I am land locked, granted. And we’ve got a new roof and an upgraded gutter system that will hopefully shuttle all of the rain water we’re going to get tomorrow afternoon as far away from our basement as possible.
But even from where I sit here in Central PA as merely a storm voyeur, it’s been unnerving to watch Irene’s eye makes its way up the East Coast and read on Twitter and Facebook about how friends from the Carolinas up to Maine are battening down the every hatch they can find to brace for this hurricane.
My little experiment – the one where I’m attempting to make meals using only food that currently sits on my pantry shelves and in my freezers or comes in my bi-monthly CSA box — seems a tad trivial as friends face sustained 75 MPH winds and the coastline stands to get hammered by conditions that will yield serious ecological damage.
So since I can do nothing to stop the storm, I’ve had to roll with it the best way I know how. I whipped up a big pot of comfort food.
Seeing as Eliza was the only one of us to be directly inconvenienced by the storm (she was in Cape May, New Jersey, with one of her best friend’s families most of last week and had to get up at 3:30 Friday morning to meet the 8 AM evacuation order there), I made her favorite soup.
It’s called Leftover Lamb and Bean Soup.
The lamb part is a stock made from the bones of the last three legs of lamb we’ve eaten that were in the deep freeze in the basement which got lovely boost from the OXO lamb bouillon cube my English friends smuggled into the US when they visited, and celery, carrots and onions from the CSA box. The variety of beans came from cans sitting on my pantry shelf.
I still worry for all the folks living along the coast, hoping they have a steaming bowl of their favorite soup to help them weather the storm.
Leftover lamb and bean soup
Makes about 8 cups of soup
This has become a favorite of my daughter Eliza who has helped me tweak the recipe to her liking over the past three or four years. If I need to stretch the soup a bit to fill more bowls, I add 1 ½ cups of cooked small pasta like ditalini.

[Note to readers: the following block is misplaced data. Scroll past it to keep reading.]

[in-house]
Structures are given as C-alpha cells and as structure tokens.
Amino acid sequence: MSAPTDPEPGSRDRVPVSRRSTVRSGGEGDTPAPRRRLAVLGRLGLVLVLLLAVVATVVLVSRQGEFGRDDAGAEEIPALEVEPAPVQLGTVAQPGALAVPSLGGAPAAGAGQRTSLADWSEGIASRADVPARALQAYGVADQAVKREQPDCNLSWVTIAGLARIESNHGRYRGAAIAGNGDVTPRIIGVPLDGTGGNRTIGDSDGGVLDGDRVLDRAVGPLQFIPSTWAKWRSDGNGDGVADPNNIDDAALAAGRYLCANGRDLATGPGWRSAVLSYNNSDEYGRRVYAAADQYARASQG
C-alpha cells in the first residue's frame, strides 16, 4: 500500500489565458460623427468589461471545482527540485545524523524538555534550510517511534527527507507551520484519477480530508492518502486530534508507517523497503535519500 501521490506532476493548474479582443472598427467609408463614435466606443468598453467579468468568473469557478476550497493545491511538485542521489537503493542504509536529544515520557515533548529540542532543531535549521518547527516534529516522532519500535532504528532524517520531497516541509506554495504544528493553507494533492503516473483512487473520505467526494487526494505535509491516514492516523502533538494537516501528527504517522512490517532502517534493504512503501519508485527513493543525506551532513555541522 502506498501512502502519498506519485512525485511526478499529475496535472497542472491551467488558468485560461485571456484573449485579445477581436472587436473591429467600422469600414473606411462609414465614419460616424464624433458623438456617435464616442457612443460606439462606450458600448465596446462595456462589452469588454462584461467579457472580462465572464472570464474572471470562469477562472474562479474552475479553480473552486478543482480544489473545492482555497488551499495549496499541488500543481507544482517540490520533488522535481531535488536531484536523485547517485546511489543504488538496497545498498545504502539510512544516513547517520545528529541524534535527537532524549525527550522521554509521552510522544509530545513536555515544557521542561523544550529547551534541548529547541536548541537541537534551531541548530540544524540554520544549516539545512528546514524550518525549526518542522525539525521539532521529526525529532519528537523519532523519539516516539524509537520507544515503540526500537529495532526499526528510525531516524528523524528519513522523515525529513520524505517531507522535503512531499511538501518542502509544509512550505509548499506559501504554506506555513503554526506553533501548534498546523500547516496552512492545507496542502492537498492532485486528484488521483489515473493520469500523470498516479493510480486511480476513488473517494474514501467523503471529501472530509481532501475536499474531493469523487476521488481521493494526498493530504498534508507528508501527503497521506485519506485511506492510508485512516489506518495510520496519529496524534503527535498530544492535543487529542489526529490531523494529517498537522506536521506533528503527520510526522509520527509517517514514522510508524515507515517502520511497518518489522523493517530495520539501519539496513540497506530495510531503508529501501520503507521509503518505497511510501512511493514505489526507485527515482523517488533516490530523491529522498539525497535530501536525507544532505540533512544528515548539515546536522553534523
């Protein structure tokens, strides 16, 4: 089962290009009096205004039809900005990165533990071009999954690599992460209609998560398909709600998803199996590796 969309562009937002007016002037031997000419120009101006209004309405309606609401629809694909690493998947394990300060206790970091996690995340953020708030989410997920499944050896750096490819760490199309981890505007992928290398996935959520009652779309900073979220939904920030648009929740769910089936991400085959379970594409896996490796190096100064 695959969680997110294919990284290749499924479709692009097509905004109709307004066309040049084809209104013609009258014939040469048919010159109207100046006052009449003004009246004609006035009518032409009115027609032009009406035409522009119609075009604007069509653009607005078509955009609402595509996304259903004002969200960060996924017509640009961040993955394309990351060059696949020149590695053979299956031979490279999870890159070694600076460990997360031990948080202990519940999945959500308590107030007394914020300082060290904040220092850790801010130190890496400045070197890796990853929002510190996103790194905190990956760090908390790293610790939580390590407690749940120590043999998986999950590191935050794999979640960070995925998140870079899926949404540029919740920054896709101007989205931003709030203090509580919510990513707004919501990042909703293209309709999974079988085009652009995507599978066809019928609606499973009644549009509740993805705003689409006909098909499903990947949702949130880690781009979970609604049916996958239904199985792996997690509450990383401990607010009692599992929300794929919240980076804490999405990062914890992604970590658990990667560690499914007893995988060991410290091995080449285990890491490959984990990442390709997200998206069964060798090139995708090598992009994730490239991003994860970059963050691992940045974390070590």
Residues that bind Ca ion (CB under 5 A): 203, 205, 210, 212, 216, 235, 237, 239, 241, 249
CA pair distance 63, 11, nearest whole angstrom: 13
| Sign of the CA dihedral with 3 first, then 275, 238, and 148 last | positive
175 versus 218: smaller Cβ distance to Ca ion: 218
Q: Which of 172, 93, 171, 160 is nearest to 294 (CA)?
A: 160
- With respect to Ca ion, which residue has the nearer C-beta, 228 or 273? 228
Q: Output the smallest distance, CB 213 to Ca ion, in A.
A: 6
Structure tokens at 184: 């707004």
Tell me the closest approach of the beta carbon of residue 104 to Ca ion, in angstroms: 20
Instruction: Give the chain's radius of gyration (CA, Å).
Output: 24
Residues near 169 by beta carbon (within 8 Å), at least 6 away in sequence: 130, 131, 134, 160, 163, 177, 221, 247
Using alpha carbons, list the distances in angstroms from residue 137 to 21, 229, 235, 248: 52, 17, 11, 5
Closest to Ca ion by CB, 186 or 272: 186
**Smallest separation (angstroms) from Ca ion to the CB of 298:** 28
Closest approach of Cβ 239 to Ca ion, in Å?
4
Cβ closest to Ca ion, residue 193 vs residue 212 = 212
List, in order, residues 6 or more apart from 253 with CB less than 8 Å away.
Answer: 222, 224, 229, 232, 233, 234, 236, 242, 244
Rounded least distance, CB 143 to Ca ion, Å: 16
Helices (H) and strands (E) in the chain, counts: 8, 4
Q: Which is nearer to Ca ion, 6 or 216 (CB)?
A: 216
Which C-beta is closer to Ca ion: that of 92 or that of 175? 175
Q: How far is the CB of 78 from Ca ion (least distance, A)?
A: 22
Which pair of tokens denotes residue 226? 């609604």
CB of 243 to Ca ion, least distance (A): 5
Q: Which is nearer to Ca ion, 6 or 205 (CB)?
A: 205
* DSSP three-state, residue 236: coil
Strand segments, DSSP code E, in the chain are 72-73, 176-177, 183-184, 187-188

The remains of a carved leg of lamb, preferably one with a little bit of meat still on it
2 quarts cold water
2 carrots, peeled and roughly chopped
2 stalks of celery, washed and roughly chopped
1 onion, peeled and roughly chopped
1 teaspoon black peppercorns
A tied bouquet of rosemary, sage and thyme sprigs
1 can of cannellini beans
1 can of red kidney beans
3 cloves of garlic, sliced thinly
2 carrots, peeled and sliced into ¼-inch rounds
Salt and pepper to taste
Grated Parmesan cheese
Bend the carved leg of lamb at the knee joint so that it fits into a 4- to 6-quart Dutch oven. Cover it with cold water. Add carrots, celery, onion, peppercorn and herbs. Over medium-high heat, bring the broth to a bowl and then immediately lower the heat to low to maintain barely a simmer. Simmer the broth for about four hours.
Remove the bone from the broth and set on a plate to cool. Carve off any meat still on the bone and cut it into ½-inches pieces.
Place a fine mesh colander over a large bowl and drain the broth into the bowl. Discard the aromatics that are caught in the colander. Wash the Dutch oven. Pour the broth back into the clean Dutch oven.
Open the cans of beans, pouring them into a colander and rinsing them well. Put the beans, the garlic and carrot slices, and pieces of cooked lamb into the broth. Bring the soup back up to a simmer and cook it until both the garlic and the carrot slices are tender, about 15 minutes.
Season the soup with salt and pepper to taste.
Serve with grated Parmesan cheese.